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Dr. Locke Spencer

University of Lethbridge

Date of Live Presentation: Wed, 18-Jan-2017
Location: École Polytechnique de Montreal


Exploring the Far-Infrared Universe, with a side order of Raspberry Pi


Over half of the energy emitted by the Universe appears in the relatively unexplored Far-Infrared (FIR) spectral region, which is virtually opaque from the ground and must be observed by space-borne instrumentation. The future of FIR astrophysics requires space-based interferometry to overcome the imaging diffraction limit imposed by the size, volume, and mass restrictions of space-based optics and instrumentation. This lecture presents the development of a laboratory based Far-Infrared spatial/spectral interferometer testbed instrument, and the utility of this observational technique applied to experimental astrophysics. The testbed instrument presentation includes the evolution of a custom designed Arduino- and Raspberry Pi-based microprocessor data acquisition electronics system, with tedious attention to the synchronization of data collected from instrument sub-systems at acquisition rates in excess of 100 KHz. This system costs a fraction of the price of comparable off-the-shelf data acquisition systems, and provides great control and flexibility in its design and operation, with custom safeguards in place to ensure that no data are incorrect or missed. This lecture also introduces the Far-Infrared Universe, and a sample of associated telescopes and scientific instrumentation, including future missions and mission concepts. On the observational side this includes relatively nearby studies of star and planet formation, all the way out to the oldest photons available to us from the cosmic microwave background. On the space mission front, a variety of current and future missions and mission concepts will be introduced, including the proposed European Space Agency (ESA) M5 SPICA mission.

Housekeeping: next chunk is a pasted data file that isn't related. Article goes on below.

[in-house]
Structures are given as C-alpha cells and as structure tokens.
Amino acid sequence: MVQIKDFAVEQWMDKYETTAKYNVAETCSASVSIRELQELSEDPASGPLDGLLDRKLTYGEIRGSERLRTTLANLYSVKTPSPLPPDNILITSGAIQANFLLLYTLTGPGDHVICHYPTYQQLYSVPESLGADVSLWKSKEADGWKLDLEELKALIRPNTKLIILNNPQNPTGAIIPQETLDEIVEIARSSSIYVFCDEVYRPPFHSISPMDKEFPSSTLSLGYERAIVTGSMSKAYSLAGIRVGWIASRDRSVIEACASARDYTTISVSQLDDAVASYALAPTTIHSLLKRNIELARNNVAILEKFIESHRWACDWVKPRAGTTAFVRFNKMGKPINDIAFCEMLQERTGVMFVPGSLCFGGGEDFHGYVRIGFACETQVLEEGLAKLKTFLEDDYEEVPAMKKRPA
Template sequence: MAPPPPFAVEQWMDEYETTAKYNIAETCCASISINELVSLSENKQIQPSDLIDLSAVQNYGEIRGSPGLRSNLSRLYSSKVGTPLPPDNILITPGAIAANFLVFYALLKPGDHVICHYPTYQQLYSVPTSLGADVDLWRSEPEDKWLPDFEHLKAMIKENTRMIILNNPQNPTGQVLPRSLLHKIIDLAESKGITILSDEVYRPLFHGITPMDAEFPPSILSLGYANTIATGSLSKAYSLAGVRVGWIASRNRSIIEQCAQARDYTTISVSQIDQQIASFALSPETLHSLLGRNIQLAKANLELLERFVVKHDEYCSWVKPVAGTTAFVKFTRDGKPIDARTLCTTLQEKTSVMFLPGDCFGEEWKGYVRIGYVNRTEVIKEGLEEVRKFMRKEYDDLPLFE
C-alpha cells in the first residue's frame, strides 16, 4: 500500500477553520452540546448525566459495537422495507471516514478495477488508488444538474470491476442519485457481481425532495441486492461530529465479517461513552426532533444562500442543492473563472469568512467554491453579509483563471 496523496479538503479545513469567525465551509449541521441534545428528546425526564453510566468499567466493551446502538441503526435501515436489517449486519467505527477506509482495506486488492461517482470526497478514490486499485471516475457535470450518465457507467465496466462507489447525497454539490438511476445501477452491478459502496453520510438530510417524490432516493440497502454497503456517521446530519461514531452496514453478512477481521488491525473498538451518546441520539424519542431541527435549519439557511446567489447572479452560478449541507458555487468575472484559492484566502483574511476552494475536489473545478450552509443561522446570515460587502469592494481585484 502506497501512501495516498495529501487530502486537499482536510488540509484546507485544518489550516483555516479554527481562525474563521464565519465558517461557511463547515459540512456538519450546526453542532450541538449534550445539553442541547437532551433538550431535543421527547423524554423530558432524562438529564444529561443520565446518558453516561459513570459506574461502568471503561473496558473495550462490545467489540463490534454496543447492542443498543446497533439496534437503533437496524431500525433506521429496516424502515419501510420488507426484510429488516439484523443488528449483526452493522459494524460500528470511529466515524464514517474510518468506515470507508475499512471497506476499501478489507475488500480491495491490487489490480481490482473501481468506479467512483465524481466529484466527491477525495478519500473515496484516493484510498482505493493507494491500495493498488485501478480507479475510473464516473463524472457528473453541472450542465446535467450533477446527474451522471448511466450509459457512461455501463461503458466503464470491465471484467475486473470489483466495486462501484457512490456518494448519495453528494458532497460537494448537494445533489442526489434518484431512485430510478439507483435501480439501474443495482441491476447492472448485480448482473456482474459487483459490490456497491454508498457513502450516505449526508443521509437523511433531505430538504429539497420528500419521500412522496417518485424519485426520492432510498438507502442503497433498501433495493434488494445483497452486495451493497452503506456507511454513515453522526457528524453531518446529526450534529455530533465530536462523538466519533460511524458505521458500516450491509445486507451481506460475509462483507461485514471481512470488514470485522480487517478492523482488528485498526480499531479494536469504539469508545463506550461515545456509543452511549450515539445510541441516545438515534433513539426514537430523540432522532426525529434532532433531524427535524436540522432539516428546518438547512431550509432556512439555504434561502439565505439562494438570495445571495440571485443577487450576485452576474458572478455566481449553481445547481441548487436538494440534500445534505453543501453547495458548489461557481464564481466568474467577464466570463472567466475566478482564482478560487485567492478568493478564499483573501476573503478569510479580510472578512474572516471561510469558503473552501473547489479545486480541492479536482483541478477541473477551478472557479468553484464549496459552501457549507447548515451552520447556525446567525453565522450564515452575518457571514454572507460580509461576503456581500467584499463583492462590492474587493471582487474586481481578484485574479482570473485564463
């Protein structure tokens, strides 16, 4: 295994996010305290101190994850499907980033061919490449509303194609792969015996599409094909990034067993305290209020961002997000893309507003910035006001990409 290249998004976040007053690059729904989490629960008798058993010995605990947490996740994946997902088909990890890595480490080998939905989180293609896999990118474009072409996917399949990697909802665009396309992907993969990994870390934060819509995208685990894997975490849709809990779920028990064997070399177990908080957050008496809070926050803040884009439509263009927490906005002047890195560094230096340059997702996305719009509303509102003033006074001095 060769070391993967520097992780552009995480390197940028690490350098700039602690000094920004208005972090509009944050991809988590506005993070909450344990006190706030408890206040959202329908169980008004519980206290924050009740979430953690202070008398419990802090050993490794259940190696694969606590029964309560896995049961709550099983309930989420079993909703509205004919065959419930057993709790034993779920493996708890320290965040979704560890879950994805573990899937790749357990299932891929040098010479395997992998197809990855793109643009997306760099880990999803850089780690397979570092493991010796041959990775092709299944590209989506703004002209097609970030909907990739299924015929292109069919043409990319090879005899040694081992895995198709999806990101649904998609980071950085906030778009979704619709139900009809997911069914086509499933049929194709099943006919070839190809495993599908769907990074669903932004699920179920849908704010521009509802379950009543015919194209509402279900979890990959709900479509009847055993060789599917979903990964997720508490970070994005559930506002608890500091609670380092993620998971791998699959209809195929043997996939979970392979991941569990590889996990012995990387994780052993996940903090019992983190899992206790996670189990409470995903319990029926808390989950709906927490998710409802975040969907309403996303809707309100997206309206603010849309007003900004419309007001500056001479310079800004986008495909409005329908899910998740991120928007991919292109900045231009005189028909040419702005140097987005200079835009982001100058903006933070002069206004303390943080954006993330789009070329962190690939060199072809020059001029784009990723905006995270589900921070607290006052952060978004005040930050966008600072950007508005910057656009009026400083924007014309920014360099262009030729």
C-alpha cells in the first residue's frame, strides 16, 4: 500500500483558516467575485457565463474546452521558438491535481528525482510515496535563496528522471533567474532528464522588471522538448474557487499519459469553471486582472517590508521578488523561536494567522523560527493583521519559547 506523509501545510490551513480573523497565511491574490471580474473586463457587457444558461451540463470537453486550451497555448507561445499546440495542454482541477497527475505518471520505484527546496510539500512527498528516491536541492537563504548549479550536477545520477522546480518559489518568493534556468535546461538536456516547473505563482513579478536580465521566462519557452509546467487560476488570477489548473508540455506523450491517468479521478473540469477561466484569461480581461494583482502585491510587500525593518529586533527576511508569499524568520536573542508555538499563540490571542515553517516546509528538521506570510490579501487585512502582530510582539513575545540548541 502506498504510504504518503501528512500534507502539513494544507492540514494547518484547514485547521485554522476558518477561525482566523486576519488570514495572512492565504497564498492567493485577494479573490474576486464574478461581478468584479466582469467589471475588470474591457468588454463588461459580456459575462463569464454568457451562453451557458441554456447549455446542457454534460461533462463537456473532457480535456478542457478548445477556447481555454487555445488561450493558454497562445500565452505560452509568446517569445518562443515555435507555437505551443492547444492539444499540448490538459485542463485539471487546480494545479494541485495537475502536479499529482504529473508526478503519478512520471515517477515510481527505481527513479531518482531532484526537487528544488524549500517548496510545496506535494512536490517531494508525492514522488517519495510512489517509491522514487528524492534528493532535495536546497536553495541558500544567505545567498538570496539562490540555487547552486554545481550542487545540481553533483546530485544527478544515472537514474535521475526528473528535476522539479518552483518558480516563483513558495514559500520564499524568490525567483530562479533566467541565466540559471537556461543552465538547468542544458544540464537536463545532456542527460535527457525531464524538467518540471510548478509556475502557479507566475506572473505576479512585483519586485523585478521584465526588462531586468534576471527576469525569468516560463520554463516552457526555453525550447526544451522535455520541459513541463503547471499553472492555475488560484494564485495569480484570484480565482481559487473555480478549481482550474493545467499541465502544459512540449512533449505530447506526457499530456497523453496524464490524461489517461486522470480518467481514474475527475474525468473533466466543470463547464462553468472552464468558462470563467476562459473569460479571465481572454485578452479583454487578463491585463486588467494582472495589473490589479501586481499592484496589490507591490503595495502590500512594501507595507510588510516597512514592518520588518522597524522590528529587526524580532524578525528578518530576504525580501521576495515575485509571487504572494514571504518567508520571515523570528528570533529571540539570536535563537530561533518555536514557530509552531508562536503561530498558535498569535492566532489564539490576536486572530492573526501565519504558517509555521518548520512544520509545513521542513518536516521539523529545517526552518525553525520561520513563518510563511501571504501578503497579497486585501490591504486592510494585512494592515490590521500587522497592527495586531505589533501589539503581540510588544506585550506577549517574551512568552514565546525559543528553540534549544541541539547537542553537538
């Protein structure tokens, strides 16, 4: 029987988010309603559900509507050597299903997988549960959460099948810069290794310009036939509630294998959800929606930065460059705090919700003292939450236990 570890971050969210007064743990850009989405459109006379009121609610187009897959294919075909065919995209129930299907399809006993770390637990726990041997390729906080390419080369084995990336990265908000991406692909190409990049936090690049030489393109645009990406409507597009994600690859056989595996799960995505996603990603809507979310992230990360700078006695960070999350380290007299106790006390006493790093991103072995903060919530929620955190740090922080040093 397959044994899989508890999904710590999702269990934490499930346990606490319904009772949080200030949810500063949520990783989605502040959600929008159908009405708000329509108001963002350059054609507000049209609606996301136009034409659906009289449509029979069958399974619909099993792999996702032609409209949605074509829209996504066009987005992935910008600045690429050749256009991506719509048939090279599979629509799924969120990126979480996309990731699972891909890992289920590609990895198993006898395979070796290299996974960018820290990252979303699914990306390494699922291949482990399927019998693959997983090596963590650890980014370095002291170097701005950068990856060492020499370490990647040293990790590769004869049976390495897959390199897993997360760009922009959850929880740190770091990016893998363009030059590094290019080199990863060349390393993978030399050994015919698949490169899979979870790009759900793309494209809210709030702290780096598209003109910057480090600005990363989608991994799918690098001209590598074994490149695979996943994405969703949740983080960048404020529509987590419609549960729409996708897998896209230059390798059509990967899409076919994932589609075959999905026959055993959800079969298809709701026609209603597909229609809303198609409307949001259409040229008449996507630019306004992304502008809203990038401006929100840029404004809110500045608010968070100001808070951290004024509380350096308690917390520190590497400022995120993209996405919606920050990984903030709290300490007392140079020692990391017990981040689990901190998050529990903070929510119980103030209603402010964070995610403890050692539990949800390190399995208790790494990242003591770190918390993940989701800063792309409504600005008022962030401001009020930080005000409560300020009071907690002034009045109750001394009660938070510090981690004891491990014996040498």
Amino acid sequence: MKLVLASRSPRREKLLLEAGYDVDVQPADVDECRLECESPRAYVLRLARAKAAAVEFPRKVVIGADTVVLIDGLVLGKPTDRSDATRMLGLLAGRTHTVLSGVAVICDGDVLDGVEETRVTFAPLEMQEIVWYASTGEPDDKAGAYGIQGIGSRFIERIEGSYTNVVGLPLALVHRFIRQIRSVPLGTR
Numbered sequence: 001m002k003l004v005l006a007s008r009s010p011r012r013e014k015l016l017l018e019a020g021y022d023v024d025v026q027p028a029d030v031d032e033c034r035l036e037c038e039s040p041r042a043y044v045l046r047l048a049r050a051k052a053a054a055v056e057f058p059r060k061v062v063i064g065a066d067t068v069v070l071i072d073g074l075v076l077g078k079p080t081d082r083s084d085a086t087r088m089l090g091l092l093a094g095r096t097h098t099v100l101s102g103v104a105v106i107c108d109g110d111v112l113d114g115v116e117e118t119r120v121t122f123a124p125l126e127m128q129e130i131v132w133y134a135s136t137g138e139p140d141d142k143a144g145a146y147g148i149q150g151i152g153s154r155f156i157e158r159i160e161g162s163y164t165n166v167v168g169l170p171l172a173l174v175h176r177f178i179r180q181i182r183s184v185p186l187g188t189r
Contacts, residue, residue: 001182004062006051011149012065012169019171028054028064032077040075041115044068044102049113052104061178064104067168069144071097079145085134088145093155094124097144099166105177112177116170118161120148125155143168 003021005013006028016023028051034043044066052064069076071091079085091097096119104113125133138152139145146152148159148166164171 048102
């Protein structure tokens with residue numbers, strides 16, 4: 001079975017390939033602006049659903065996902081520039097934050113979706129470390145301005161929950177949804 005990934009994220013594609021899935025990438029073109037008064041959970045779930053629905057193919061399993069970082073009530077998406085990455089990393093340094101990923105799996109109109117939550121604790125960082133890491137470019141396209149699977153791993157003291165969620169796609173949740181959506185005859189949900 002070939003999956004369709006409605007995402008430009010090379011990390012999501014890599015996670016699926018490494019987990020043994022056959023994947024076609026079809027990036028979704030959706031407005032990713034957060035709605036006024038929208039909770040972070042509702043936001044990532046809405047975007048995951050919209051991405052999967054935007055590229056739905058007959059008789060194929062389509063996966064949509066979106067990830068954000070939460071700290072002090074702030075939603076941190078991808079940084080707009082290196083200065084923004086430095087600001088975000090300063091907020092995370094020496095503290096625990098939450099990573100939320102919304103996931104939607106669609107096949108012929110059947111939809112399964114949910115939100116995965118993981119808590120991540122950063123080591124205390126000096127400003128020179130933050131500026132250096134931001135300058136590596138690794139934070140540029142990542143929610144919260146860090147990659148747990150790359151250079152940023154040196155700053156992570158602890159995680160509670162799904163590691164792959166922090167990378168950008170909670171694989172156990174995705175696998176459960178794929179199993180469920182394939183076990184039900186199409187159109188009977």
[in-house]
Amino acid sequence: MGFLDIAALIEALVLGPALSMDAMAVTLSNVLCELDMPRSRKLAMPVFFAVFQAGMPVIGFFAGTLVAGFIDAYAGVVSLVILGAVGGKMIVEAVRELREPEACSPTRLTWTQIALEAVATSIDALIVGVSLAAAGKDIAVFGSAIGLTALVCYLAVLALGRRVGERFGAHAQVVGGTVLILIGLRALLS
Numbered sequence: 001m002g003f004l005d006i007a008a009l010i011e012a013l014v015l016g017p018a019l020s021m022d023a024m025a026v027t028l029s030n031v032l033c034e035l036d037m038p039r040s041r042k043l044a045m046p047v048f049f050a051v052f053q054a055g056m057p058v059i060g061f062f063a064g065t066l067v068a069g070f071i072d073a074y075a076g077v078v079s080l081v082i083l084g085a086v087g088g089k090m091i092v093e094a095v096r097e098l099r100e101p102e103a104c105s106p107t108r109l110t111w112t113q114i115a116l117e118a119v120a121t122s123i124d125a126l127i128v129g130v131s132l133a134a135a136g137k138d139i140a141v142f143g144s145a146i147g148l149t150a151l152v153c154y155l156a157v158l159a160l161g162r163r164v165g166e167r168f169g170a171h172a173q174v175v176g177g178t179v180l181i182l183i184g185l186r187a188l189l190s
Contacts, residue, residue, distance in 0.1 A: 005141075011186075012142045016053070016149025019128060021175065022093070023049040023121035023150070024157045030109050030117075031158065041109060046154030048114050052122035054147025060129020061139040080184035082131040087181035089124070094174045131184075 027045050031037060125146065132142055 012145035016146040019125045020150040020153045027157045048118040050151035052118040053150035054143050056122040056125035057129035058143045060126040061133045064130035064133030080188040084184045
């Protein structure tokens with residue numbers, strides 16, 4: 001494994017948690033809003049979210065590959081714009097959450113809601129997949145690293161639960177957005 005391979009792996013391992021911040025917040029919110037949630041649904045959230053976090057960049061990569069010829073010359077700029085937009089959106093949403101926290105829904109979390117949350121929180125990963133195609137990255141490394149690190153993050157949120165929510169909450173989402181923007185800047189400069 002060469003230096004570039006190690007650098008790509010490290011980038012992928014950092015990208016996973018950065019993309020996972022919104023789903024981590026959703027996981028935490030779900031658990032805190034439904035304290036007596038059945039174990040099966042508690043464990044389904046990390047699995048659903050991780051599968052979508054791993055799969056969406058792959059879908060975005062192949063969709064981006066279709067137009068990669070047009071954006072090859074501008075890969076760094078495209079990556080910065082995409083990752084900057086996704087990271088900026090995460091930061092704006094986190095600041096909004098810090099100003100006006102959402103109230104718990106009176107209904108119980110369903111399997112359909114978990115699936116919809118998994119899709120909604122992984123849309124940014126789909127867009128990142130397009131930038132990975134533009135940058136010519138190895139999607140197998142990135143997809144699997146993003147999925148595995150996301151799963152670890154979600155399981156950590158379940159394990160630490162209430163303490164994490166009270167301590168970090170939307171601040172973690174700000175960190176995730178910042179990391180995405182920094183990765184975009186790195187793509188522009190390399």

Short bio

Dr. Locke Spencer is a Canada Research Chair (Tier 2) in experimental astrophysics within the Astronomical Instrumentation Group (AIG) at the Department of Physics and Astronomy, University of Lethbridge. Prior to his current position at the U of L, he completed his graduate studies working on the imaging Fourier transform spectrometer on-board Herschel/SPIRE, and completed a 3.5 year post-doctoral fellowship in Cardiff University, Wales working primarily with the Planck telescope High Frequency Instrument (HFI). His research focus lies in instrumentation for Far-Infrared (FIR) astronomy and astrophysics, specializing in Fourier spectroscopy. He is currently supporting a number of FIR projects, including the Herschel and Planck missions, while working to contribute towards future FIR space instruments and observatories. He is a member of CAP, CASCA, and APEGA (P.Eng.).

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